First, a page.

The butterfly guard is one of the most simple, yet effective open guard positions in Jiu-Jitsu. It is a tool that usually beginners and really advanced guys use. While between people seem to shun it because of its simplicity. However, getting stuck on the wrong side of it can quickly turn in to a Herculean task. As simple as it is, the butterfly guard is a notoriously hard one to pass. it’s easy for the bottom person to follow you with ease until they bait you enough to throw or submit you. As such, there is plenty of butterfly guard passes out there, but only few that work. Today, we’re going to categorize them for easier understanding and look at the most effective ones!
Passing the guard can be a really fun thing to do. In the natural progression of Brazilian Jiu-Jitsu, people usually start off from a guard position. This is new, easier to control and more likely to be effective. As people progress through the Gentle Art they tend to discover the pleasure of passing. Especially pressure passing. It works against even the stubbornest of guards, if and when you do it right. However, most of the conventional guard passing methods go straight out the window against a high-level butterfly guard. Butterfly guard passes are an art for mon their own. They need to be precise, quick and properly selected to fit the given circumstances.
Basically, the issue that butterfly guard passes face is directionality. the butterfly guard is set up in a manner which allows the opponent to move you in every direction possible. Even if you’\re standing, it’s not hard for an opponent to pull you straight back in, constantly hunting to send you flying. This can make passing the butterfly guard even more fun or it can frustrate you to the brink of madness. Depends on how good your opponent is, your understanding of the butterfly guard and the appropriate use of efficient passes.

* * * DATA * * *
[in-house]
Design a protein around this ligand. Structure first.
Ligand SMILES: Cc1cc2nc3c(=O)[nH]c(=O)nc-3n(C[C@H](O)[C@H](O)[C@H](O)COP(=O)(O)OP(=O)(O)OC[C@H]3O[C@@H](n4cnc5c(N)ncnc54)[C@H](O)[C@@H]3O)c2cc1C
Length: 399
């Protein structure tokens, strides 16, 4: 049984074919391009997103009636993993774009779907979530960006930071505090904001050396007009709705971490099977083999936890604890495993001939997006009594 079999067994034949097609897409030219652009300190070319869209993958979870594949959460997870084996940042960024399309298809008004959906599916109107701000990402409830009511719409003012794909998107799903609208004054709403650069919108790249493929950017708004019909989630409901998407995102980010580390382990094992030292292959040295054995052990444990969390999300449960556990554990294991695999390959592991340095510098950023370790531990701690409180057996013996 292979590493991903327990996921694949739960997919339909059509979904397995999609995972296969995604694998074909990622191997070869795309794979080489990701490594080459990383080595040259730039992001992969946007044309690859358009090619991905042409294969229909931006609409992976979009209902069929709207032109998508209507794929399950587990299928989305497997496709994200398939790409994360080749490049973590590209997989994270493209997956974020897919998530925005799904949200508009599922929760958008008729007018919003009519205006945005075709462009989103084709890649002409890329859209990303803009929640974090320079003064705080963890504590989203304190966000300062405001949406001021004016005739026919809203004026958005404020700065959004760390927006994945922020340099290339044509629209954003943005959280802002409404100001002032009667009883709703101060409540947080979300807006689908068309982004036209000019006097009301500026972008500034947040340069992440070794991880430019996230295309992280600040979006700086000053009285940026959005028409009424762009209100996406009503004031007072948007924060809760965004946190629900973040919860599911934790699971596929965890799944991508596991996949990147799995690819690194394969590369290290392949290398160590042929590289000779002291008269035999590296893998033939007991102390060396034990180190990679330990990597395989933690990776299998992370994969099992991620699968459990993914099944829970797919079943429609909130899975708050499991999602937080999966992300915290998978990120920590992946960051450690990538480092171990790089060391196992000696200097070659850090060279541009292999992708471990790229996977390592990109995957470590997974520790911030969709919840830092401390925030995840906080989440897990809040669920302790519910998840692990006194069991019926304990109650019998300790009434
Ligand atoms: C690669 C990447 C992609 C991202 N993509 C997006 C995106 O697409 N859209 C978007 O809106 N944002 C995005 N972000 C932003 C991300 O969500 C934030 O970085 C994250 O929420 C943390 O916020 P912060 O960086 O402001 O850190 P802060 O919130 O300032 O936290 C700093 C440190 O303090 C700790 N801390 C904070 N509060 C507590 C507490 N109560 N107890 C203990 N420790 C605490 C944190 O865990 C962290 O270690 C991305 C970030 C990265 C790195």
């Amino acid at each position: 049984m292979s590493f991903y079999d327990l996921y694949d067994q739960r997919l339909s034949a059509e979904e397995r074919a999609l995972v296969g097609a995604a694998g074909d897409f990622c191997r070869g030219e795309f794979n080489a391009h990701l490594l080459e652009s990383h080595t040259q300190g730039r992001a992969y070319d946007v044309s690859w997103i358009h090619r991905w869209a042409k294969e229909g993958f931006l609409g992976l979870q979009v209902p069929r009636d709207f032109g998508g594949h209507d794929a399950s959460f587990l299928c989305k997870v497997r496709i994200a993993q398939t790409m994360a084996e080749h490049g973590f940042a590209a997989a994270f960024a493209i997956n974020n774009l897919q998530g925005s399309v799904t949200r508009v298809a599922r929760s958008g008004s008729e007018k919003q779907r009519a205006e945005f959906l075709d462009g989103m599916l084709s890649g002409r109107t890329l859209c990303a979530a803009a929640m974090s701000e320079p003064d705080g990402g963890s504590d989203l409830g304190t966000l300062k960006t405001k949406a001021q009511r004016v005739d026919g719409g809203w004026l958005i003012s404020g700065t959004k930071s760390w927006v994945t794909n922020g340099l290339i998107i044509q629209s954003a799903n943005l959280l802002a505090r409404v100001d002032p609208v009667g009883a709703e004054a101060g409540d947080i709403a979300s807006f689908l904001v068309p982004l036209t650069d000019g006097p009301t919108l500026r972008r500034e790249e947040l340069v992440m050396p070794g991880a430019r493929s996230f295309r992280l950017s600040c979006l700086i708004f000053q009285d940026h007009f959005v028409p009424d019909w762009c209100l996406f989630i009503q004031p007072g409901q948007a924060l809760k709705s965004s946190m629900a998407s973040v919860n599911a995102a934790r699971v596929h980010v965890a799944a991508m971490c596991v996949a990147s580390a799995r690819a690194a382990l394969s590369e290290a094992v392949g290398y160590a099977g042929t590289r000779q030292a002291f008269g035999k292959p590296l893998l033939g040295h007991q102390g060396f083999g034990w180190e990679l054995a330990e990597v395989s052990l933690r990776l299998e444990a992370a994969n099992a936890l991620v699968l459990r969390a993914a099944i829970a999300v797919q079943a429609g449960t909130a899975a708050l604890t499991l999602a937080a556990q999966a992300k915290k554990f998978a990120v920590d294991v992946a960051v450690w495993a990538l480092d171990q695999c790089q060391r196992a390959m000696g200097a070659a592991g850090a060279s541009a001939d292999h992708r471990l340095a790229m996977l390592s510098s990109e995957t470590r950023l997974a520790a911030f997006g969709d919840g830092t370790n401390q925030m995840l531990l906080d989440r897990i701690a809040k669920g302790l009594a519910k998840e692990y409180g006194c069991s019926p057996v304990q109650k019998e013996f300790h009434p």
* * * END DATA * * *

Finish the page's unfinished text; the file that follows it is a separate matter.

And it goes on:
Mr. Bernardo Faria is the ultimate source on pressure passing. Not only the butterfly guard but all kinds of guards you can imagine. Check out the “Pressure Passing Encyclopedia” DVD and become an unstoppable force from the top!
Butterfly Guard Dynamics
The butterfly guard is a fairly simple guard as far as structure goes. it is an open guard variety and falls under the “close distance” guards. However, the butterfly guard is a flexible position that easily adapts to plenty of distances. It works close and far, against a standing or kneeling opponent. The butterfly guard configuration itself is a defensive one. Its main attribute, which is our focus today, is preventing movement and passing sequences.
For a successful butterfly guard game, you need to have your hooks set up right and have upper body control via grips. Just resting your step on an opponent’s thigh is not going to do you any good from the bottom. You need to have your fingers pointing towards your knee and for the knees at about halfway between the mats and their top position. Against a kneeling opponent, both hooks need to go in. Against a standing one, a single hook is enough, with the other foot helping pivot you on the ground.
The butterfly guard does not work without grip, though. there’s no point in hooks without upper body control. Sleeve grips, sleeve and collar grips or two-on-one grips are the most usual ones. There’s also the option of double underhooks. Whatever the choice, the ultimate goal is to get under the hips of an opponent. Once there, sweeping is as easy as choosing a direction. the fact that all directions are open means you can send an opponent lying wherever you want. Even if they attempt to block, you can switch directions, systematically taking away their posting options until the fall. Or you could get into a leg lock, Guillotine choke or arm drag and back control at will.
Butterfly guard passes usually work in two major directions. You could either look to smash the guard’s structure an apply pressure passing, or stan up and go from there. For now, we’ll start with passing from the knees with the help of pressure.